News Update: February 2009
MA Math at the Intergovernmental Preparatory Meeting (IPM)
The M.A. Math has again been instrumental in drawing the attention of government representatives and non-governmental organizations (NGOs) to the issue of the escalating rate of suicide among farmers. This took place at the Intergovernmental Preparatory Meeting (IPM) for the seventeenth session of the Commission on Sustainable Development (CSD-17) held at United Nations (UN) he
adquarters in New York February 23rd - 27th read more
Due to economic pressures leading to irresolvable debt associated with continually failing crops, many farmers have been committing suicide by drinking the very pesticides that no longer work on their crops. Especially in South India, with the growing rise of climate changes and other factors, crop failure has become more and more common causing suicide to spread like an epidemic amongst the suffering farmers. For example, in 2006 in the Vidarbha region of Maharashtra alone, there were 1,044 reported suicides - one every eight hours.
In the spring of this year, after discussions on the issue with Maharashtra Chief Minister Vilasrao Deshmukh, Amma found herself pledging 43 million dollars to address this problem. She admitted later the large dollar amount she had pledged surprised her but in the moment she had felt drawn to offering at least that much to help the situation. As part of the pledge, Amma offered that the MA Math would launch a massive project to provide aid and hope for the future for these struggling farmers.
"The problem cannot be solved through economic packages alone," Amma told the Maharashtra CM. "What is needed is social and spiritual interventions so that the farmers realize that suicide is not the way out. In fact, it only further aggravates the problem for the families. Feeling immense compassion for their suffering due to their unfortunate circumstances, Amma felt counseling and education could really help them get through to the other side. .Yet another generation should not become slaves of emotional weakness like suicide," Amma said. "Rather than that, they should understand that they need to develop self confidence. The future generation should have the mental strength to face life's challenges."
On 27 September 2007, the Ashram inaugurated two programs responding to this dire situation: Vidyamritam and Amrita SREE. These projects focus aid on the places with highest farmer-suicide rates - Maharashtra, Kerala, Karnataka and Andhra Pradesh. These two initial relief projects are aimed at lessening the financial strain placed upon such agricultural families.
Vidyamritam - Educational Scholarships
Through Vidyamritam, the Ashram is providing full scholarships for free education to 100,000 children (ages 10 to 15) of farmers living below the poverty line. Many of the beneficiaries are in fact children who have lost one or both parents to suicide. The children receive a monthly stipend until they finish their education, subject to their performance in their studies.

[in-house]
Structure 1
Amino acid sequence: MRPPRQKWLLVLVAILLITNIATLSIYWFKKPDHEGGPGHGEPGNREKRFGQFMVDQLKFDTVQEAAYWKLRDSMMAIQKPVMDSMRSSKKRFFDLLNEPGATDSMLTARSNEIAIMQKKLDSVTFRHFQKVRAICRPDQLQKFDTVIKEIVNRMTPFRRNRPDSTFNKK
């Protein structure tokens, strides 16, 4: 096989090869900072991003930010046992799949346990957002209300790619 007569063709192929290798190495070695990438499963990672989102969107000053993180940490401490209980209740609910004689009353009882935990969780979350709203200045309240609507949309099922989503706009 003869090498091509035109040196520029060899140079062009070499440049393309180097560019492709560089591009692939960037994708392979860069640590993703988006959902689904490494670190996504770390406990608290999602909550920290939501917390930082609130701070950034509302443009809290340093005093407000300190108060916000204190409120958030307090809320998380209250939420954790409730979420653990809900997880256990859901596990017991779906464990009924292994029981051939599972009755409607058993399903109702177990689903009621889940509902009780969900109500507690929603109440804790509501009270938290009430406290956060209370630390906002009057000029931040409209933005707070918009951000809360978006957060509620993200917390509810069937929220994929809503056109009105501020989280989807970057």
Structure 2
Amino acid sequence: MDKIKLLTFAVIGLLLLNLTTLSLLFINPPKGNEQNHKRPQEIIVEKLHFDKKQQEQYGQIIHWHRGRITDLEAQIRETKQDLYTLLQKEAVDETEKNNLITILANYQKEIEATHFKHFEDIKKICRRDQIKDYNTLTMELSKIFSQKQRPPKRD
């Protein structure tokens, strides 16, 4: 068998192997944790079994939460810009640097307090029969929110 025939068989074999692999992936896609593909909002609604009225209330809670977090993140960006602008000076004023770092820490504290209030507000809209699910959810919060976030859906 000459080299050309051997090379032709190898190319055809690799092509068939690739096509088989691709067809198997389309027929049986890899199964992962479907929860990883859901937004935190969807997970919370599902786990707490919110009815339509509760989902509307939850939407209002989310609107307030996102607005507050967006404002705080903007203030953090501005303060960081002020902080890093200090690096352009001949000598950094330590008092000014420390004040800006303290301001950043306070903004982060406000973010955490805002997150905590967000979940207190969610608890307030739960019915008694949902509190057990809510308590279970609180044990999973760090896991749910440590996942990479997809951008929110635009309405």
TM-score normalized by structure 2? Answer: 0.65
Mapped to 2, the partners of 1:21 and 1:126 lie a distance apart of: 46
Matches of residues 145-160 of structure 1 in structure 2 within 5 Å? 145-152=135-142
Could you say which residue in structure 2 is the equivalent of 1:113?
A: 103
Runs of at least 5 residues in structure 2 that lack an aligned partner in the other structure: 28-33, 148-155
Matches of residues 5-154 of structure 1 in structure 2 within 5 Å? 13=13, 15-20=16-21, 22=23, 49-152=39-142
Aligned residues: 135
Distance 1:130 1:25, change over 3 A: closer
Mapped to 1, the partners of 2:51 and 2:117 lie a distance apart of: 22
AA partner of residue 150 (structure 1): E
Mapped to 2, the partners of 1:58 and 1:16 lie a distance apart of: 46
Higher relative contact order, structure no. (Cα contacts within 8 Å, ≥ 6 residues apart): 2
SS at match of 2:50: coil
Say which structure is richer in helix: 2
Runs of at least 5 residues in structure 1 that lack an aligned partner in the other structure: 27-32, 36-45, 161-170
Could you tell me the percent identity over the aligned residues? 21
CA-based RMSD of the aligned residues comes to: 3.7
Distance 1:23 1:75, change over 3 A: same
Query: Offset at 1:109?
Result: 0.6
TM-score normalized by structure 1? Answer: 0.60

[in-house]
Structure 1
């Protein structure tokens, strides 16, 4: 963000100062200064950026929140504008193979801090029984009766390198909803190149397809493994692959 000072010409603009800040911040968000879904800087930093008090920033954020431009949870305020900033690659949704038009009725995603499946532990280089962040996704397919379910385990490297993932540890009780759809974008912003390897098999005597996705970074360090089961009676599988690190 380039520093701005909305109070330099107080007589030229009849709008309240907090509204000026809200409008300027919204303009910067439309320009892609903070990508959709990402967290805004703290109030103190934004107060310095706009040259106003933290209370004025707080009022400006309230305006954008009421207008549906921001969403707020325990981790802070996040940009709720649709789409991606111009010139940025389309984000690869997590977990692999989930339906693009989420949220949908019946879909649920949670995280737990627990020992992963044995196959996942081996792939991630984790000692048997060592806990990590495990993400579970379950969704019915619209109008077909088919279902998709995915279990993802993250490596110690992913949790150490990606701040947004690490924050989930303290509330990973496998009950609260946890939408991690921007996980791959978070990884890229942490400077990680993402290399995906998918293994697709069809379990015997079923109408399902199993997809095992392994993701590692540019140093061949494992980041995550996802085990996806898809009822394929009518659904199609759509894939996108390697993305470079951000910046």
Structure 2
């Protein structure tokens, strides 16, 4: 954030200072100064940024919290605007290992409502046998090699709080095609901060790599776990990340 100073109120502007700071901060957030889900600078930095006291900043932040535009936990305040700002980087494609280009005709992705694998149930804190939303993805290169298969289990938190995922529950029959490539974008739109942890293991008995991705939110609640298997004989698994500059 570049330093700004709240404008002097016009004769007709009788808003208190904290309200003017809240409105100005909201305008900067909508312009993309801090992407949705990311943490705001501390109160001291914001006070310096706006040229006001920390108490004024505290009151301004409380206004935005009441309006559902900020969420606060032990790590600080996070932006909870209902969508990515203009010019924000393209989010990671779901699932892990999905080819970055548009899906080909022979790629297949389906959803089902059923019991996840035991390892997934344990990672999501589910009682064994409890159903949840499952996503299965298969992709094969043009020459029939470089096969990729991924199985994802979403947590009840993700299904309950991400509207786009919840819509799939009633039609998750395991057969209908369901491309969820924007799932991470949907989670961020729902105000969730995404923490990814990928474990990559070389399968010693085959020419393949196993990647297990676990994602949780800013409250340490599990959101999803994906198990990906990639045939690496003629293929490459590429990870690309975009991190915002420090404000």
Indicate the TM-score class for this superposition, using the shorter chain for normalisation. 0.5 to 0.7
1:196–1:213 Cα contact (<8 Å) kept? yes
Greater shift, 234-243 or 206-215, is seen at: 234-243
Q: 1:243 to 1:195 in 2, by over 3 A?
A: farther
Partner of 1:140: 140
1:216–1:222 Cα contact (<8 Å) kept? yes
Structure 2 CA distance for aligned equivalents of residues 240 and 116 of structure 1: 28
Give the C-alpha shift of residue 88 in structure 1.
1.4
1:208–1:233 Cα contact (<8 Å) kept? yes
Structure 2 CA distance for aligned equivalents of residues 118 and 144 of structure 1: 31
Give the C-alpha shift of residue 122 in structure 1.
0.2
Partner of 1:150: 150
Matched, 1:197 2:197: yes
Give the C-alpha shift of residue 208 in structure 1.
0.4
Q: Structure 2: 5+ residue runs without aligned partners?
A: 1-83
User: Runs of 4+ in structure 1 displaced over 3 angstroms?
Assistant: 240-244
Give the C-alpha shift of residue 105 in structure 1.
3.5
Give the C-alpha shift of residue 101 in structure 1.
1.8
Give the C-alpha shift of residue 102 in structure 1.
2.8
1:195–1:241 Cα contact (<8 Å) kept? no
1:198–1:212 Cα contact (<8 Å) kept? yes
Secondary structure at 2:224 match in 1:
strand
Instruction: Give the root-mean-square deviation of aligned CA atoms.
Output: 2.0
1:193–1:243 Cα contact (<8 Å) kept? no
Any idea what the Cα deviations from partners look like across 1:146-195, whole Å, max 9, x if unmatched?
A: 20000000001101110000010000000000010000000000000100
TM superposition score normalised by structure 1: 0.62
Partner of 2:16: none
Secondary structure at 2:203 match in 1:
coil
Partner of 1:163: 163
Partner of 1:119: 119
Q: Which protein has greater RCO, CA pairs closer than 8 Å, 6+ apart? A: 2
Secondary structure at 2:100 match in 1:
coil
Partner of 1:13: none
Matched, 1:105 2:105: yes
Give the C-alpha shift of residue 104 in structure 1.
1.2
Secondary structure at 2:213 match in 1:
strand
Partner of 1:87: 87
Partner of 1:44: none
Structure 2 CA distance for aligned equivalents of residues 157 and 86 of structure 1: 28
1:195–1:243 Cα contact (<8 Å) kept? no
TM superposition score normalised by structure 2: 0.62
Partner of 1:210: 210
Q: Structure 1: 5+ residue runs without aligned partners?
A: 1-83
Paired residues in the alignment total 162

Since the announcement of the project, thousands of applications have been received and they continue to pour in daily. Because of the huge response, the number of beneficiaries continues to grow.
As an extension of this project, the MA Math is conducting awareness programs to inculcate life skills for personality development.
A newsletter containing articles, stories and discussion forums to further facilitate the intellectual and mental growth is also being received by all the children. Furthermore, special advanced-education camps and symposiums on environmental preservation are being conducted.
Amrita SREE (Self-Reliance Education & Employment)
Through Amrita SREE, the Ashram is providing free vocational training to 5,000 different groups of women from impoverished agricultural families. Though many of these women have now incurred their husband's debt due to suicide, the MA math has been supporting them in building their own businesses through vocational training in various fields, including tailoring, making snacks for small-scale industries, electrical repair, and making paper products. After completion of their training, the women are given the necessary start-up capital to begin small, home-based businesses.
The use of pesticides and its effect on the life of farmers:
Currently many non-organic, commercial foods are genetically modified. Genetically modified organisms (GMO) present a profound danger to humans as well as the ecosystem. Many species of animals, such as the monarch butterflies are becoming extinct due to the GMOs. For vegetarians, GMOs pose another problem, as they are frequently spliced from animal DNA. It is hypothesized by many experts that the GMO food will eventually even alter human DNA. As GMOs are a recent creation their long term effects are unknown.
In India and other developing nations, western based GMO / pesticide companies are aggressively promoting extremely heavy use of chemicals for farming. This is leading to serious depletion of soil and contamination of the water. Many insects are developing stronger resistance to pesticides and sometimes even huge amounts of chemical are ineffective. For this reason many farmers have little or no yield, year after year. Having gone deeply in debt to these chemical companies, the farmers begin to feel hopeless. Unfortunately, large numbers of Indian farmers are committing suicide by drinking their pesticides. Amma has expressed concern about this issue, and is working to help the farmers and their families. When we choose organic, non-GMO foods, we can also do our part to end this tragic situation.